Life cycle of Ceratonova shastaCeratonova shasta is a freshwater, myxozoan parasite that is native to the Pacific North West of North America. It causes enteronecrosis in juvenile salmonids and is associated with population-level impacts in the Klamath River. Transmission occurs through waterborne stages: actinospores released from polychaete worms infect salmonid fishes and develop into myxospores which then infect polychaetes (see life cycle on right). The parasite proliferates in each host.

In response to the high prevalence and severity of C. shasta-infection in Klamath salmonids, we developed a parasite monitoring program to track the spatial and temporal abundance of C. shasta. The three main approaches are based on the parasite's life cycle and include sentinel fish exposures, polychaete host sampling and molecular quantification of parasite DNA in water samples. These are described in more detail below. Monitoring occurs at established index sites which are shown on the following map.



Klamath River Index Sites with site abbreviations and river kilometers (Rkm).







 Sentinel Fish Exposures

Barth Monitoring fish cagesSentinel fish cages
in the Klamath River
Barth Monitoring trout frySusceptible
out- of-basin
rainbow trout

In sentinel fish exposures, fish highly susceptible to the parasite (out-of-basin rainbow trout) are placed in cages alongside fish of interest such as in-basin Chinook and coho salmon at index sites along the river for a three day exposure. All fishes are transported to the lab (AAHL) and monitored for infection (~ 60 days). Prevalence of infection and severity of infection (percent morbidity and mean days to morbidity) are recorded through visual observations and molecular assay (PCR).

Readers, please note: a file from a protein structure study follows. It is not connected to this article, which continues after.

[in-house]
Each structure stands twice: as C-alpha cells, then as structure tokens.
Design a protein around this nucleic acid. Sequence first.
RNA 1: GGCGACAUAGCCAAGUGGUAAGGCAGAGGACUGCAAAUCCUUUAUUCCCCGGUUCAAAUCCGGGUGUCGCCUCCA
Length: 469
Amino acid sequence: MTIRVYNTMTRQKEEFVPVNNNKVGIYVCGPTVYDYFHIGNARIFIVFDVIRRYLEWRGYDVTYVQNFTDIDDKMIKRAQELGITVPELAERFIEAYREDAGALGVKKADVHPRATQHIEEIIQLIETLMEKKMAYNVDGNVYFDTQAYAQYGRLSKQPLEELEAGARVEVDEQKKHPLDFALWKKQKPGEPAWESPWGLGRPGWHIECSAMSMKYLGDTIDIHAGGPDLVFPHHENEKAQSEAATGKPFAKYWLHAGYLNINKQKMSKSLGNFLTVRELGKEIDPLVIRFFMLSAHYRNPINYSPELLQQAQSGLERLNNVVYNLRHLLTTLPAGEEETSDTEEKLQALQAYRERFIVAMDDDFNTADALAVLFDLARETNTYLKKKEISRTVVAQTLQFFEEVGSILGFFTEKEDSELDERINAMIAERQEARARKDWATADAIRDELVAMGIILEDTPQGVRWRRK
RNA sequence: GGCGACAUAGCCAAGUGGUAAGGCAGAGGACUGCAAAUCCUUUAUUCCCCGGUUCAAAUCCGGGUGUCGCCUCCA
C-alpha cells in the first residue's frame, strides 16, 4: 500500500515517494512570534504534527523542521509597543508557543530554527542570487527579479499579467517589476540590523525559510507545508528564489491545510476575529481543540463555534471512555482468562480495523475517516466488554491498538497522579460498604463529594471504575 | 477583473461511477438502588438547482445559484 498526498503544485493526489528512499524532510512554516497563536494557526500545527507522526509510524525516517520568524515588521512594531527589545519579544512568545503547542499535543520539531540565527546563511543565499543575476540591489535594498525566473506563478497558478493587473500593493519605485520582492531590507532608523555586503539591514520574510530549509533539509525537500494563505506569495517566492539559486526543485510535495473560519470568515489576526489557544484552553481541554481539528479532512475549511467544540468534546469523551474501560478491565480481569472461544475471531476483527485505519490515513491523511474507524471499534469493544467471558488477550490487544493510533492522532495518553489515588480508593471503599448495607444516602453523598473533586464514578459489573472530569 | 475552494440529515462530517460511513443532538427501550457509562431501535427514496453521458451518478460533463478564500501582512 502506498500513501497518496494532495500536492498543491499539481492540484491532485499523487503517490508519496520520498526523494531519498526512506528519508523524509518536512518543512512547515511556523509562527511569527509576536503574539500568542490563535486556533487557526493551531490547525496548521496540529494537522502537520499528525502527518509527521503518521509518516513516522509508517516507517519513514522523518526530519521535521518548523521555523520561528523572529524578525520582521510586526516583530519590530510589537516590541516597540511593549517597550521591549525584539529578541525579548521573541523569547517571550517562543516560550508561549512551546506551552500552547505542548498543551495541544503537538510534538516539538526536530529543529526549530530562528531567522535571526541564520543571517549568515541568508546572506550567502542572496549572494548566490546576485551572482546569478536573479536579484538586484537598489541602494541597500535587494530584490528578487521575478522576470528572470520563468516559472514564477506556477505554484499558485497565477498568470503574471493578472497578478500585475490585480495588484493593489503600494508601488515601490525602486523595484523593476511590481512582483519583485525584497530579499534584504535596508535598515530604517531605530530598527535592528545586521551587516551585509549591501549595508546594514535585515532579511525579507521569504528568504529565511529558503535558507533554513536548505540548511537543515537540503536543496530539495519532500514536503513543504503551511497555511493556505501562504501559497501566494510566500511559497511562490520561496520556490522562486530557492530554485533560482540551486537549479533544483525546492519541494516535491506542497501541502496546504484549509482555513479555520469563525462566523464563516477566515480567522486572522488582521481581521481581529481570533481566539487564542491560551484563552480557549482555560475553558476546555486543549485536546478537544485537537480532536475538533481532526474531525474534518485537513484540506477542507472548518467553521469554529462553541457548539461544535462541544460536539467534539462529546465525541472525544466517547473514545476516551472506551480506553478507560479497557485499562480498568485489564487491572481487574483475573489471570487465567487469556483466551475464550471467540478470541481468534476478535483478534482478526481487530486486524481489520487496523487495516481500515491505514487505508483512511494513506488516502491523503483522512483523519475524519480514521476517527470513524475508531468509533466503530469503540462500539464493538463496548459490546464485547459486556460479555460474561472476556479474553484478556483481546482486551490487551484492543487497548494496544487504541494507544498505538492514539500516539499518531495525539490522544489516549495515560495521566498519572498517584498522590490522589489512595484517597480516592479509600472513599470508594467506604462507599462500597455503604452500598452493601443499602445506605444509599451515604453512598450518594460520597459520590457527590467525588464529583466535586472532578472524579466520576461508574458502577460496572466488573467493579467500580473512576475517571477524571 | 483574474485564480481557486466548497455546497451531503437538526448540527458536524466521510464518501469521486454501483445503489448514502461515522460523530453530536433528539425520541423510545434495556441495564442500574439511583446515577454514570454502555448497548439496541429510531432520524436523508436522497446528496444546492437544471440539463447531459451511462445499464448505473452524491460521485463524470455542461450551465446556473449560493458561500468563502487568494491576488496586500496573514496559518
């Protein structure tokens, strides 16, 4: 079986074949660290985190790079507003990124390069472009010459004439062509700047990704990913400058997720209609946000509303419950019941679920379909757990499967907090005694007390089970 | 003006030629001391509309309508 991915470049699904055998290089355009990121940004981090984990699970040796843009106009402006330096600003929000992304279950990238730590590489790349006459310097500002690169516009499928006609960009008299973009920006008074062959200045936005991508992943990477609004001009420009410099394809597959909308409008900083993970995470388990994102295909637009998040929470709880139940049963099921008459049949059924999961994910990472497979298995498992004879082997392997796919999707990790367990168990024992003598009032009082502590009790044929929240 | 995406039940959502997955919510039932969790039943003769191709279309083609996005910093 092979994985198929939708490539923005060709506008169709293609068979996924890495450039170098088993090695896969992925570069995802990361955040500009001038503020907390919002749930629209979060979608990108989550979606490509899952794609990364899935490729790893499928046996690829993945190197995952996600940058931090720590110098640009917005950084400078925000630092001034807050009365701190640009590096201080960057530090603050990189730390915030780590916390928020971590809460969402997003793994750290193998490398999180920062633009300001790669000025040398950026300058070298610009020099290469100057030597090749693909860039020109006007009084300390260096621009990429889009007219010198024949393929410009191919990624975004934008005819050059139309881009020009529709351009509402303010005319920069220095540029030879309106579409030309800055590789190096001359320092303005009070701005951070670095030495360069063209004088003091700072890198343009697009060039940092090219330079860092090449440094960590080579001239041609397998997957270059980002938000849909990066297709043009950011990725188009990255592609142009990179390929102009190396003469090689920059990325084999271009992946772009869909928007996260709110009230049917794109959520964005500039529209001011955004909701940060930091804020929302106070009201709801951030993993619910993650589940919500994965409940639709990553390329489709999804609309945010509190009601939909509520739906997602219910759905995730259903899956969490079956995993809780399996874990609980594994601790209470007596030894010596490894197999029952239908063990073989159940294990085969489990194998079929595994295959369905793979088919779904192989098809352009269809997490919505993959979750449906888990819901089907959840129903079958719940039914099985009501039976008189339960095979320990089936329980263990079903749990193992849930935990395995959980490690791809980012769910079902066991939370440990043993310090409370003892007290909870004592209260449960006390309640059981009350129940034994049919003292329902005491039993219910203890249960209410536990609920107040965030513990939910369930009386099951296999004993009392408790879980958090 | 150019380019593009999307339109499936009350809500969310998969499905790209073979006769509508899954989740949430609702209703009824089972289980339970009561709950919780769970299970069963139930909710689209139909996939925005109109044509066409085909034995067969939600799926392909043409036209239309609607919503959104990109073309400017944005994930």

The first fish exposure in 2017 occured: April 20 - 23 at Beaver Creek (KBC) and Seiad Valley (KSV).

The second fish exposure in 2017 occured: May 25 - 28 at sites in the upper and lower basin.

The third fish exposure in 2017 occured: June 24 - 27 at sites in both the upper and lower Klamath River.

The fourth and final fish exposure occured: September 14-17 at Beaver Creek, Seiad Valley and Orleans.


DATA UPDATES: summaries of sentinel fish exposures are as follows:  April    May     June   September.



Water Samples

Barth Monitoring filtering
 Barth Monitoring filter paper

 Filtering a water sample
using a vacuum pump

 Folding the filter paper
with captured material

To detect and quantify waterborne stages of C. shasta, river water samples are collected at five mainstem index sites; once a week all year round at two sites (KBC and KSV) and once per week from April through October at three other sites.  Solar-powered automatic samplers (ISCOs) collect 1L water every 2 hours for 24 hours, from which 4 1L samples are manually taken. Each 1L sample is filtered through a nitrocellulose membrane using a vacuum pump, and any captured DNA in 3 of the replicate samples is extracted using a kit. A quantitative PCR (qPCR) specific for C. shasta is used to detect and quantify any parasite DNA present. Cq values generated by the qPCR are converted to numbers of parasite spores per liter of water using reference samples with known quantities of spores. The Karuk and Yurok tribal biologists are integral to the collection and filtration of the ISCO water samples. Water samples are also taken in conjunction with the sentinel fish exposures; manual 'grab' samples are collected on the first and last day of the exposure.